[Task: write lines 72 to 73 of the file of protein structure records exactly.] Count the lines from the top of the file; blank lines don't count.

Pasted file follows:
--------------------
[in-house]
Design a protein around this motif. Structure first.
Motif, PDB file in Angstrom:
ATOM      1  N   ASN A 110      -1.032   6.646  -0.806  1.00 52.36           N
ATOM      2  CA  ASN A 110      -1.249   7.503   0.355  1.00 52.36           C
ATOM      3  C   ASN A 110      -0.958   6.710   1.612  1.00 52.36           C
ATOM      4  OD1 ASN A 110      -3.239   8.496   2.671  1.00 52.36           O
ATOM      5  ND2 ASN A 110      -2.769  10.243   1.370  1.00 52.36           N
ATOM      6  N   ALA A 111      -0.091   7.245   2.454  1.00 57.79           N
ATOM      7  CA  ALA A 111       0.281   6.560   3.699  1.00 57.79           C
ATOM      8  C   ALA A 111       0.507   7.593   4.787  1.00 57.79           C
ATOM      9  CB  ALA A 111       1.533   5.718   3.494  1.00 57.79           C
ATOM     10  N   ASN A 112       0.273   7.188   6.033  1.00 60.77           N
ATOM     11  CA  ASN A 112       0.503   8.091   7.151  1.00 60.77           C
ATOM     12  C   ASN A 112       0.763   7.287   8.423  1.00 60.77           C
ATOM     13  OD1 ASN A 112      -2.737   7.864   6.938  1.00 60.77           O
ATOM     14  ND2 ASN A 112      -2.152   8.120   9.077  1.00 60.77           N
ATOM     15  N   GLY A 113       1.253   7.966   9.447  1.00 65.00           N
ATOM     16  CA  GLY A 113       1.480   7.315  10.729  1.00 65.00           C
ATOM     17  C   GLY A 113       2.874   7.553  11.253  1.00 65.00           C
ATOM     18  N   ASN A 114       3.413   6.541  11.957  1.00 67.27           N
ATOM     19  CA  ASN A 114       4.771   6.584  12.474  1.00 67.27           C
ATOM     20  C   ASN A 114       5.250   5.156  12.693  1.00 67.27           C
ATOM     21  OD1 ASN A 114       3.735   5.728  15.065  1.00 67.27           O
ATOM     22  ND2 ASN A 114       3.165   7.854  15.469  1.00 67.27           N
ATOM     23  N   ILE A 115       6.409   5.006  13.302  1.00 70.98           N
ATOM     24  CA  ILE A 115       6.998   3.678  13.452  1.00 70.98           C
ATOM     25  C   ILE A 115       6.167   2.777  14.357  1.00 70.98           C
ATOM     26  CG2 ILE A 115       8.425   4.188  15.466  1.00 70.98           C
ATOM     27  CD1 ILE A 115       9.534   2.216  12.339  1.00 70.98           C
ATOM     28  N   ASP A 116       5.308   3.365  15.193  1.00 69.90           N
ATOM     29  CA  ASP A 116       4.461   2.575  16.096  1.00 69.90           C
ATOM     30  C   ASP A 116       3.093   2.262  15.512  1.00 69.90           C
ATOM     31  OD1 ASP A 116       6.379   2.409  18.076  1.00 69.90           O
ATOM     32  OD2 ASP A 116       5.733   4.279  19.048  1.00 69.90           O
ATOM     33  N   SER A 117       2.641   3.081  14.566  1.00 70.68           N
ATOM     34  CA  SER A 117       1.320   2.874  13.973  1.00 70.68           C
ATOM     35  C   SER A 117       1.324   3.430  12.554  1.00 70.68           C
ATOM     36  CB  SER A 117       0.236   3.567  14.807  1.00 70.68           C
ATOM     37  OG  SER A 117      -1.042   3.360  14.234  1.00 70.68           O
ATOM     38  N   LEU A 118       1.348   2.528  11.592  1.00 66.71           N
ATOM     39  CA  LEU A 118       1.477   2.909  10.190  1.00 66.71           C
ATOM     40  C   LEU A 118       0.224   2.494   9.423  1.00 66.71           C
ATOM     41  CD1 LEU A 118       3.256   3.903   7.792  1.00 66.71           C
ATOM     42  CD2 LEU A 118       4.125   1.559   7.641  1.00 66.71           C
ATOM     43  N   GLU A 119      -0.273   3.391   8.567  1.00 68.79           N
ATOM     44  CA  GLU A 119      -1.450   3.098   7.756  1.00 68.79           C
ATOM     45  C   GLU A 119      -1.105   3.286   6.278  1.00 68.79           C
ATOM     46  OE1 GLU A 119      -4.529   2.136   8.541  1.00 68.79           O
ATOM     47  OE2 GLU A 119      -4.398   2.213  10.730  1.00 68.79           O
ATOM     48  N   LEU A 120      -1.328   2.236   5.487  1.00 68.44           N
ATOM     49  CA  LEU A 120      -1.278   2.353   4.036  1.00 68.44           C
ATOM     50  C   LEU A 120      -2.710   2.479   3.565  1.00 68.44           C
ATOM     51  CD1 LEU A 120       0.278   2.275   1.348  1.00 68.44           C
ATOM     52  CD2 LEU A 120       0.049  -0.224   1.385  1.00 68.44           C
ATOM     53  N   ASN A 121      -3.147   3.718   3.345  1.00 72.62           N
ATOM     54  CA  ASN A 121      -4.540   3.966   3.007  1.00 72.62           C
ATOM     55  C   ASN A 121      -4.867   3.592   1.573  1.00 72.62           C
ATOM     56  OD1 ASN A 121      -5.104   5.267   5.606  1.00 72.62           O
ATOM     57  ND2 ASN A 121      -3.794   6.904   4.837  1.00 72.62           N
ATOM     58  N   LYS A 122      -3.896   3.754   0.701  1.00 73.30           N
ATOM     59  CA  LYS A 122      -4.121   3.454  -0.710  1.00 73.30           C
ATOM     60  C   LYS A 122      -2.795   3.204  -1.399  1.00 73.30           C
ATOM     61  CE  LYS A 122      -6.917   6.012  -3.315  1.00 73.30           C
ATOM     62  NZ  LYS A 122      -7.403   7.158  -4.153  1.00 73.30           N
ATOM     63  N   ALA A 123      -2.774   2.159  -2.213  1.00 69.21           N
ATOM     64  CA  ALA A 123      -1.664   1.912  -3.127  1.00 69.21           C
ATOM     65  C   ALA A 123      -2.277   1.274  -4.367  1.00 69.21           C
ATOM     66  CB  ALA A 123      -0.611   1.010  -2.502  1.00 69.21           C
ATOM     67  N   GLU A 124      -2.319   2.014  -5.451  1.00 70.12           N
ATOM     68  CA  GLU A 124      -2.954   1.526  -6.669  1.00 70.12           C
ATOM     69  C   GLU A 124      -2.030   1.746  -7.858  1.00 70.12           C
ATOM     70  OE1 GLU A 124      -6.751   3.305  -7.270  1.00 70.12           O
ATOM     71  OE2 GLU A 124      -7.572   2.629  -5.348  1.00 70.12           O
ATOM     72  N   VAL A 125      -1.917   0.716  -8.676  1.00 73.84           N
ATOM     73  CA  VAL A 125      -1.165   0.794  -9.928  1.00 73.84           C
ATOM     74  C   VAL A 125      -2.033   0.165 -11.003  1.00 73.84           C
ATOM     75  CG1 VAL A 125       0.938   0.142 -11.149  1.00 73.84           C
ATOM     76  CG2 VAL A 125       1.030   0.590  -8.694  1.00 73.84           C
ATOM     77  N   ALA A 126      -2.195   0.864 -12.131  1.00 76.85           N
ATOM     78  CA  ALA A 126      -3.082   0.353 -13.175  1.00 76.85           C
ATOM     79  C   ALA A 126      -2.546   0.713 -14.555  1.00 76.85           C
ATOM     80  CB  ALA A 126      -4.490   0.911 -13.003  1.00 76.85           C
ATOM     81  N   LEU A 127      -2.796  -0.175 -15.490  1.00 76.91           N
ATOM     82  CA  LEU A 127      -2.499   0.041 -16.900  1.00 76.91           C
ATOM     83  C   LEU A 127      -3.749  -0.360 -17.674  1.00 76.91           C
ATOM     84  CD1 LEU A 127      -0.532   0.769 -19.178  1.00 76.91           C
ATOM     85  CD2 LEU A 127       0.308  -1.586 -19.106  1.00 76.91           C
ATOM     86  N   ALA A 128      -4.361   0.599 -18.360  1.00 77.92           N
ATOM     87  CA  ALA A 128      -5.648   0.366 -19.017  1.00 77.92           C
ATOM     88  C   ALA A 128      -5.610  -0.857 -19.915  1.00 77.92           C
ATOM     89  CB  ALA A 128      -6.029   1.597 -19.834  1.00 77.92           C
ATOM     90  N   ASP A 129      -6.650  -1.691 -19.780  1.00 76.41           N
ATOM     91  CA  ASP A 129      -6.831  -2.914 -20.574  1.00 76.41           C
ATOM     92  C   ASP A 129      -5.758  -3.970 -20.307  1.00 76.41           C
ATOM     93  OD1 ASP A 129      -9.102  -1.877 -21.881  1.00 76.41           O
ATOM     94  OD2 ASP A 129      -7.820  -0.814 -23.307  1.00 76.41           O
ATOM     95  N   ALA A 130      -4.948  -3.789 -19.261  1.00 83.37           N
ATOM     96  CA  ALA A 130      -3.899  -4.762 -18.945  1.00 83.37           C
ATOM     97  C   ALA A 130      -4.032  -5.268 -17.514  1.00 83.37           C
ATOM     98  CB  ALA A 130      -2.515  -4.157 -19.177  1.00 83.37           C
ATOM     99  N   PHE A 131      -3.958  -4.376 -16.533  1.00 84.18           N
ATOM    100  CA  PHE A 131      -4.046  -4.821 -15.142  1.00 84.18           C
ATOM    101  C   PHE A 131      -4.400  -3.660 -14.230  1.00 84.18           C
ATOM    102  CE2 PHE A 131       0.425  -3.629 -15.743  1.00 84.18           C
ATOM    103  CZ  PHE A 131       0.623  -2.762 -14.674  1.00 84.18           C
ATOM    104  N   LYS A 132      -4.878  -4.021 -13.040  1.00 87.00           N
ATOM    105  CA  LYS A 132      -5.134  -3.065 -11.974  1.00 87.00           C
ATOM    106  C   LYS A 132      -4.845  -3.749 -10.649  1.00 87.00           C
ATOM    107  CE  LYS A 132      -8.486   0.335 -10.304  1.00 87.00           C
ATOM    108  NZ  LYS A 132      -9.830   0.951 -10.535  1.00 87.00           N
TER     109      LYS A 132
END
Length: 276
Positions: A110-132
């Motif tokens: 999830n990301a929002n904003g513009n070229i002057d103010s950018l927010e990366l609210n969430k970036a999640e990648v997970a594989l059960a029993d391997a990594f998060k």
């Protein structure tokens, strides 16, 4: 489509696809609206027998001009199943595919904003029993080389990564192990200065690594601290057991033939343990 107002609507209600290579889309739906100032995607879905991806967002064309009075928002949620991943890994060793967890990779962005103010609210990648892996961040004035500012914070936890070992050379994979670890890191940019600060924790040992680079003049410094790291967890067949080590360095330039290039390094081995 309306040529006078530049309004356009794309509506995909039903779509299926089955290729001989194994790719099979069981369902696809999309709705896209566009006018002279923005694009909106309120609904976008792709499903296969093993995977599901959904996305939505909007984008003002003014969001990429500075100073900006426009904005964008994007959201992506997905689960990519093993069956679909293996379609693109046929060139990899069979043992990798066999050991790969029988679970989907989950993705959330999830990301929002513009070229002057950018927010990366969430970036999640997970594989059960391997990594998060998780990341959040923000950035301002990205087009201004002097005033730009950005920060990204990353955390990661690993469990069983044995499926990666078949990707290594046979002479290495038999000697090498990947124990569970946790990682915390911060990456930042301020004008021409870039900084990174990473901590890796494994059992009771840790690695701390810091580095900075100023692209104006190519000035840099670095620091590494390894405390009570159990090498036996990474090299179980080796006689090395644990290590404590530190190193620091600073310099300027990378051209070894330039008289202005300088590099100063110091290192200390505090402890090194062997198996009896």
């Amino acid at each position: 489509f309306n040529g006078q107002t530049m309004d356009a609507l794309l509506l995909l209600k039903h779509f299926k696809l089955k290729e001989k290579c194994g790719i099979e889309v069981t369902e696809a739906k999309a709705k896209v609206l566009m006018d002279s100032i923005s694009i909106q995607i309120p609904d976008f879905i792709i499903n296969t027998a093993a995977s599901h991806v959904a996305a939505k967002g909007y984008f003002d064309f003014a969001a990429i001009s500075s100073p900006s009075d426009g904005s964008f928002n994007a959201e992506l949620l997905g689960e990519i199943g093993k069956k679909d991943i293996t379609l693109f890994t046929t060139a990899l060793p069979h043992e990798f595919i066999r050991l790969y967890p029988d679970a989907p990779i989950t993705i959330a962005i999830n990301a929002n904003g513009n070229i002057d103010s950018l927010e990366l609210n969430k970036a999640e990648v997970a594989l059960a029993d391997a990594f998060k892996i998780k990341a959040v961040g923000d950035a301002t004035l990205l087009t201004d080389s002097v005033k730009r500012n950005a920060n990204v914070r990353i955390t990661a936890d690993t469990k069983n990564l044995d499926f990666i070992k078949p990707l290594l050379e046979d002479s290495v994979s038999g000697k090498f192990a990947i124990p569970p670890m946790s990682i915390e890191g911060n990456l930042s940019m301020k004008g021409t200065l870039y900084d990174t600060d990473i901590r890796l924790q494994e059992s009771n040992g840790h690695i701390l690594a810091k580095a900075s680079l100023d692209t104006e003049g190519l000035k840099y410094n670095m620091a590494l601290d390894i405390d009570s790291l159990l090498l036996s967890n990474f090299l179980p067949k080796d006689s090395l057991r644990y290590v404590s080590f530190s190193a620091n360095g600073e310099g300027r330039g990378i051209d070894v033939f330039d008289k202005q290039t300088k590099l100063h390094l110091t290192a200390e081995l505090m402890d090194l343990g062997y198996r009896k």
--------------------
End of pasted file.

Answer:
ATOM     69  C   GLU A 124      -2.030   1.746  -7.858  1.00 70.12           C
ATOM     70  OE1 GLU A 124      -6.751   3.305  -7.270  1.00 70.12           O